Code War: Cyber hacks already being used as weapons of war

Insight

The United States says it stopped a large crime ring that infected hundreds of thousands of computers across the world. The hunt is now on for this Russian man, Evgeniy Bogachev, who investigators claim was behind it all. They say the scheme worked by placing malicious software on computers. That software would then either steal financial login information — or lock the computer, demanding a ransom be paid. The U.S. says the scheme could be responsible for “financial losses in the hundreds of millions of dollars.”

This is just the latest in a string of indictments and accusations in the ongoing fight against cyber espionage and cyber war. The issue has been propelled to the top of the international agenda, especially in light of the U.S. charging five Chinese military officials last month with espionage. On CCTV America’s Insight, correspondent Nathan King investigates the cyber age and the dilemma posed by digital advances.

Code War: Cyber Hacks Already Being Used As Weapons of War

Code War: Cyber Hacks Already Being Used As Weapons of War

The United States says it stopped a large crime ring that infected hundreds of thousands of computers across the world. The hunt is now on for this Russian man, Evgeniy Bogachev, who investigators claim was behind it all. They say the scheme worked by placing malicious software on computers. That software would then either steal financial login information -- or lock the computer, demanding a ransom be paid. The US says the scheme could be responsible for "financial losses in the hundreds of millions of dollars."

Craig Wright, a researcher at Charles Sturt University, also joined CCTV’s discussion on this topic.

Interview with Craig Wright on code war

Interview with Craig Wright on code war

Craig Wright, the researcher at Charles Sturt University also joined CCTV's discussion on this topic.

1983, when the Internet was in its infancy, the movie “War Games” envisages a hacker gaining access to America’s nuclear arsenal with near catastrophic results. Fast forward to 2010 and hacking a nation’s nuclear program becomes a reality.

Stuxnet has been called the first truly cyber weapon.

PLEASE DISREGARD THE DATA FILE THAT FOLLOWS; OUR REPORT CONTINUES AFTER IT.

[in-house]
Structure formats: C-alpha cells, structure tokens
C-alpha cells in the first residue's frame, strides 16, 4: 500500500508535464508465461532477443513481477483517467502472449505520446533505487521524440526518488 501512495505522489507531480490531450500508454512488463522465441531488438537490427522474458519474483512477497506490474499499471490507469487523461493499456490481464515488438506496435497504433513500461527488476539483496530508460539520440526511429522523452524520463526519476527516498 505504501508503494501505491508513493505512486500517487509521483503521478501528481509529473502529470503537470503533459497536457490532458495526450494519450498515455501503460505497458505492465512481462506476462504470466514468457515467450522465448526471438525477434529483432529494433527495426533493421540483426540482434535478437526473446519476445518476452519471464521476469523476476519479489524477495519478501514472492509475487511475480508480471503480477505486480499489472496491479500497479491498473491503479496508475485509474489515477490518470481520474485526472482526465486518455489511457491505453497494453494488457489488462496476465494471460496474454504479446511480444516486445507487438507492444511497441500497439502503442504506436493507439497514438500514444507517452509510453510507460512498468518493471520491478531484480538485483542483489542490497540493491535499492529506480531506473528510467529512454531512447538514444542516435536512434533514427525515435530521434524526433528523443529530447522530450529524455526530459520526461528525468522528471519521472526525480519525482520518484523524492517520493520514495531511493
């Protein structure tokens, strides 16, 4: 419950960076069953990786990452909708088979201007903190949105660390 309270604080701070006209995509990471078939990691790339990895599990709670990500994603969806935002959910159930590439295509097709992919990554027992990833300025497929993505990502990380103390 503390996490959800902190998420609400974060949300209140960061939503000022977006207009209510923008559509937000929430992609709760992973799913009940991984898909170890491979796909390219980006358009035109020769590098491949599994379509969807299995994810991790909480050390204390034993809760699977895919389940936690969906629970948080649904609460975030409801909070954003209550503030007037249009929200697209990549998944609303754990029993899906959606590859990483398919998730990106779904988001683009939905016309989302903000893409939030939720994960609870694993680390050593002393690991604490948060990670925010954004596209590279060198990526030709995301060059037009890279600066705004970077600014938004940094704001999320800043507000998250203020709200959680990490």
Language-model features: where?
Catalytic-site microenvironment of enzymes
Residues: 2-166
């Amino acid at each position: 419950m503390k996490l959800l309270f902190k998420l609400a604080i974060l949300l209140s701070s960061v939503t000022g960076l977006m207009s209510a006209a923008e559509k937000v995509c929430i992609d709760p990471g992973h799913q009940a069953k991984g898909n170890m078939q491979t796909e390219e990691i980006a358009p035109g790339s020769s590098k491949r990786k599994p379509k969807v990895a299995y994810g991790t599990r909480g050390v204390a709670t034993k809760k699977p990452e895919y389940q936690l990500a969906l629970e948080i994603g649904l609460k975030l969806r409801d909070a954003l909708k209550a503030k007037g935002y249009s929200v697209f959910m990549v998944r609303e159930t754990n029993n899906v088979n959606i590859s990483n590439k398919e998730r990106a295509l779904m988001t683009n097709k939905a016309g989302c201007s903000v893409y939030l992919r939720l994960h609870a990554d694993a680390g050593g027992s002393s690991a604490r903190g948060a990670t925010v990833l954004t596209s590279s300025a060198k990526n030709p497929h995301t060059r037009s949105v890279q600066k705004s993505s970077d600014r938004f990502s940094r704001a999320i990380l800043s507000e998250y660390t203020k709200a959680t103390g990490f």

A computer virus – 20 times more complex than any previous code – secretly penetrated Iran’s uranium enrichment facilities and causes centrifuges to spin out of control, possibly setting back Tehran’s nuclear program years.

This all happened without a shot being fired, and while the United States and Israel are suspected, there is no proof.

“The type of attack that seemed to be under the radar that didn’t provoke a violent response, kind of operated in this area where states like to use some sort of coercion but not cross the redline for the use of armed force,” said Adam Segal of the Council on Foreign Relations.

Stuxnet’s success meant a planned U.S. or Israeli military attack on Iran’s nuclear facilities became unnecessary-Exhibit A for advocates of cyber conflict.
But Stuxnet is an exception in the short history of cyber-warfare.

One of the first national cyber-attacks hit here – Tallinn, the capital of Estonia in 2007. After a spat with Russia over the removal of a war memorial, government online services were crashed and country’s central bank attacked.

In 2008 – as Georgia and Russia were involved in a very physical conflict – Georgian networks were hacked-low-level attacks, perhaps, in coordination with the war on the ground. That may have set a pattern for the future.

“I think the majority of action is going to be much more low-level more like what we’ve seen in Crimea, which had to with information warfare and taking out some networks and some cell phone systems. I think a ‘cyber-Pearl Harbor,’ at this point, is very unlikely,” said Adam Segal, Senior Fellow at the Council on Foreign Relations.

But nations are taking steps to protect themselves from a so called “cyber-Pearl Harbor.” Witness this exercise here in Washington D.C. “Cyber-shockwave” involved former administration officials working out how to deal with a potential cyber-attack on America’s infrastructure.

And as military spending climbs across Asia, more money is being piled into cyberwarfare units at a national level.
Even in the U.S., where defense budgets are being slashed, U.S. Cyber Command is expanding from under a thousand staff to nearly 5,000 over the next several years.
While resources are being piled into cyber conflict capabilities there is also a push to try and limit what’s allowed when it comes to cyberwarfare.
Efforts are underway at the United Nations; NATO; and between China and the U.S. to try and ban attacks on power stations, water supplies and other infrastructure that civilian populations depend on.

But as the Stuxnet virus proves, it is possible to launch a sophisticated cyberweapon into the heart of a nation’s infrastructure and remain virtually anonymous.